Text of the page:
2014 Wittmann Estate Riesling Trocken Rheinhessen

SKU #1223567 93 points Wine Enthusiast

 *Editors' Choice* Intense aromas of tropical mango and melon scent this elegant, slightly cream-textured dry Riesling. Sprays of white grapefruit and lime juice brighten the midpalate, extending through a long finish marked by zesty acidity and chalky, dusty mineral tones. (AI)  (6/2016)

89-90 points Robert Parker's Wine Advocate

 The 2014 Riesling trocken is sourced 100% from the calcareous sites in Westhofen and was bottled in April 2015. Philipp focuses on a coolish and mineral style in 2014, and could have easily bottled a more opulent and fruit intense style. However, he decided to keep even his estate wine as an expressive representative of the pure Wittmann style... Back to the 2014, which opens with a bright and chalky/dusty fruit note on the nose. Its is an elegant, full-flavored and full-bodied dry Riesling with limey freshness, and a persistent mineral and salty expression of the Westhofen vineyards. This wine is provided with a serious structure. (SR)  (12/2015)

Jancis Robinson

 Although the green fruit aromas appear quite restrained on the nose, the palate packs some punch with sound acidity, stony minerality and firm body. An estate trocken with plenty of substance and a nice line of delicate but fresh fruit flavour. (MS)  (6/2015)

Wine Spectator

 Taut, with flinty accents to the dried herb and green apple flavors. Bracing acidity emerges on the fresh finish. (KM)  (6/2016)

K&L Notes

One of those Rheinhessen producers responsible for enhancing this often under-appreciated region's prestige, Philipp Wittmann aims for a racy, clean style of Riesling.

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Price: $17.99
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Staff Image By: James Knight | K&L Staff Member | Review Date: 10/13/2015 | Send Email
With aromas of citrus pith and earthy stone fruit--the skin of an apricot, the flesh of a just-maybe-ripe nectarine--and powdered sugar notes, just shy of honeycomb, this is fresher and more juicy on the palate than the much-missed 2010 version that we had in some months ago. Here's a great "gateway" Riesling for you New Zealand Sauvignon Blanc fans out there who are starting to have those disturbing, recurring dreams of cats peeing on a gooseberry bush--it's got all the refreshing zip, and twice the class on the finish.

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- While the rest of the world has often misappropriated the name--Welchriesling, Riesling Italico, Gray Riesling and Emerald Riesling are all names applied to varieties that are NOT Riesling--this exceptional German varietal has managed to maintain its identity. Perhaps its biggest claims to fame are its intoxicating perfume, often described as having honeyed stone fruit, herb, apple and citrus notes, and its incredible longevity - the wines lasting for decades. Aged Rieslings often take on a distinctive and alluring Petrol-like aroma. Within Germany, the grape seems to do best in the warming slate soils of the Mosel-Saar-Ruwer. Other German regions that turn out great Rieslings include Pfalz, Rheingau and Nahe. German Rieslings are made in a range of ripeness levels. The top wines are assigned Pr├Ądikat levels to describe their ripeness at harvest. These are: Kabinett, Sp├Ątlese, Auslese, Beerenauslese, Eiswein and Trockenbeerenauslese. Riesling has also achieved acclaim in France's Alsace, the only region in that country where the grape is officially permitted. Alsatian Rieslings are typically dry and wonderfully aromatic. Austrian Riesling is also steadily gaining praise and fine Riesling is also produced in Italy's Alto-Adige and Friuli, in Slovenia and much of Central and Eastern Europe. In the New World its stronghold is Australia, where it does best in the Eden and Clare Valleys. It is also planted in smaller amounts in New Zealand. In the US, winemakers are eschewing the syrupy sweet versions of the 1970s and 1980s, instead making elegant and balanced wines in both California and Washington State.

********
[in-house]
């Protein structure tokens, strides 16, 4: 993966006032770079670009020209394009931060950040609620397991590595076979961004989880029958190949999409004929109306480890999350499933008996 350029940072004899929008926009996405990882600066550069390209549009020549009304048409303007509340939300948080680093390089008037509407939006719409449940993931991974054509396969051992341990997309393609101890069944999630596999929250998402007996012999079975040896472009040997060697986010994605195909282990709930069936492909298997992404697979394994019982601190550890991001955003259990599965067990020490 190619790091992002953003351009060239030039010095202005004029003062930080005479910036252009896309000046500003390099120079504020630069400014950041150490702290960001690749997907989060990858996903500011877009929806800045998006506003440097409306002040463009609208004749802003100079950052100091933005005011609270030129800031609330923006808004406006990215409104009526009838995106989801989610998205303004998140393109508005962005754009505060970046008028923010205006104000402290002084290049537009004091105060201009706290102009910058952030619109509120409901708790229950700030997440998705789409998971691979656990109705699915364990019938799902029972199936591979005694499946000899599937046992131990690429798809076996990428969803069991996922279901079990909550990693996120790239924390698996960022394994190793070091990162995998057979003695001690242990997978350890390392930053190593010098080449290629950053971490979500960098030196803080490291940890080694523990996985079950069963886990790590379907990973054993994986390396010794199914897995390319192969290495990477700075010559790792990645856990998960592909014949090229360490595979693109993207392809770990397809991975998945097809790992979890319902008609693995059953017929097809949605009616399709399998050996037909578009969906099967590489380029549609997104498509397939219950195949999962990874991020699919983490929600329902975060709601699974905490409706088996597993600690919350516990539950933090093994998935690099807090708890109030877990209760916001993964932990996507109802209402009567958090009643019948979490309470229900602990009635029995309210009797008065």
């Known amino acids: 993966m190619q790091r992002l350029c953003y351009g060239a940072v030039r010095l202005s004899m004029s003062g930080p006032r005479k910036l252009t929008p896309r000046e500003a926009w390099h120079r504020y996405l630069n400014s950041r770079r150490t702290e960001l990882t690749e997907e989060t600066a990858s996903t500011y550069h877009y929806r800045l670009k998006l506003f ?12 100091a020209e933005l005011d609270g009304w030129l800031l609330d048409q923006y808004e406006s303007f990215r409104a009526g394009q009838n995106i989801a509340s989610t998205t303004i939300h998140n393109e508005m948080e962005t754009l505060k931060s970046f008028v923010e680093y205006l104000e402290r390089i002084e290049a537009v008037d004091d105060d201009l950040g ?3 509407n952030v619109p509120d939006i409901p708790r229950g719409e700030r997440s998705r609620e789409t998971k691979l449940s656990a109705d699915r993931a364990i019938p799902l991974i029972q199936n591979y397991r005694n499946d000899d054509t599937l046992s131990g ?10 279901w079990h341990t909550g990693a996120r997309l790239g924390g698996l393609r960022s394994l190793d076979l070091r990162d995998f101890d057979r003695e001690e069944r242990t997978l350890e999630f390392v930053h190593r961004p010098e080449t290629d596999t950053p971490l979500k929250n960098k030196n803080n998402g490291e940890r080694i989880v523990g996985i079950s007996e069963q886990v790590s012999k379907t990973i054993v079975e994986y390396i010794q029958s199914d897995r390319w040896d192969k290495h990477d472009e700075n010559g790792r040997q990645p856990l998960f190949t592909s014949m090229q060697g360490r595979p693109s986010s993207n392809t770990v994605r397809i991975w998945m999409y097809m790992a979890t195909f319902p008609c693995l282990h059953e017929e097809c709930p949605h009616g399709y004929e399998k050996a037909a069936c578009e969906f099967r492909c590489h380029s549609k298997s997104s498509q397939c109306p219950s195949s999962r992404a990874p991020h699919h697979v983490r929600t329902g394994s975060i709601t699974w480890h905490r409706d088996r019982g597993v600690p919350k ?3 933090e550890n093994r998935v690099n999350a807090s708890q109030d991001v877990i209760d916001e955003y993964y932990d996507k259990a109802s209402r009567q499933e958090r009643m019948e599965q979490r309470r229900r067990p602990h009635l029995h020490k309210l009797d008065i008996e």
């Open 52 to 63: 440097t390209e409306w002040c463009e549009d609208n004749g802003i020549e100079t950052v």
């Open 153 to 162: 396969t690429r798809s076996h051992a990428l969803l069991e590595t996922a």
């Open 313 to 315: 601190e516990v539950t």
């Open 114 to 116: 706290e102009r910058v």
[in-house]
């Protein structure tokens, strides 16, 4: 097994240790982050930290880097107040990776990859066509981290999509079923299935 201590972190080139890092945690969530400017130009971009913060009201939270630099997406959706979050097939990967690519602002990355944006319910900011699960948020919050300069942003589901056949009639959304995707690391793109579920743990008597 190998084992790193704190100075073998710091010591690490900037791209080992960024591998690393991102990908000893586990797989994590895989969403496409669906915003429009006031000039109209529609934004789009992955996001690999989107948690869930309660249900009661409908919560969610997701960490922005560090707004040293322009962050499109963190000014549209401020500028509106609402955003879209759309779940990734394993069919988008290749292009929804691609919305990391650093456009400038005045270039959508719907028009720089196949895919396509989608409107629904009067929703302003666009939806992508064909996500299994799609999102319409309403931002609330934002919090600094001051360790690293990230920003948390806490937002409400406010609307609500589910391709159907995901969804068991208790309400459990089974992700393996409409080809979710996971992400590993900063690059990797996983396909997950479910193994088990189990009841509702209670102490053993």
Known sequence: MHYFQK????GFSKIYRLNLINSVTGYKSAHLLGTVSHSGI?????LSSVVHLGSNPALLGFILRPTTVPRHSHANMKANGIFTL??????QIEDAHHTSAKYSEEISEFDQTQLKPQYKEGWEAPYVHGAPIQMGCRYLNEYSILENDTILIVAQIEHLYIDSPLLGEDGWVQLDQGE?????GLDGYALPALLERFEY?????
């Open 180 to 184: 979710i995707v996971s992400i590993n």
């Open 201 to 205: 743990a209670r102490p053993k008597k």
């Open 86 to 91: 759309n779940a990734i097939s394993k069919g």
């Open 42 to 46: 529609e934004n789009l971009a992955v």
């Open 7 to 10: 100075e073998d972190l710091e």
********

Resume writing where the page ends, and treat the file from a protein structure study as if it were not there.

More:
- Thanks to a recent string of excellent vintages and to the reemergence of Germany onto the international wine writing scene, this is a country that's hot, hot, hot! Germany is divided into 13 wine Region and produces a very wide variety of wine styles, from incredibly high-acid, dry wines to some of the sweetest, most unctuous concoctions on the planet and even a few surprisingly hearty reds. Most of the highest-quality wines are grown on steep banks along the rivers in these Region. Small vineyards are still mostly hand tended and picked, due to the difficult nature of mechanization on these slopes. White wine production accounts for nearly 80% of the total with Riesling being the most important varietal, though Muller-Thurgau is still more widely planted. Click for a list of bestselling items from Germany.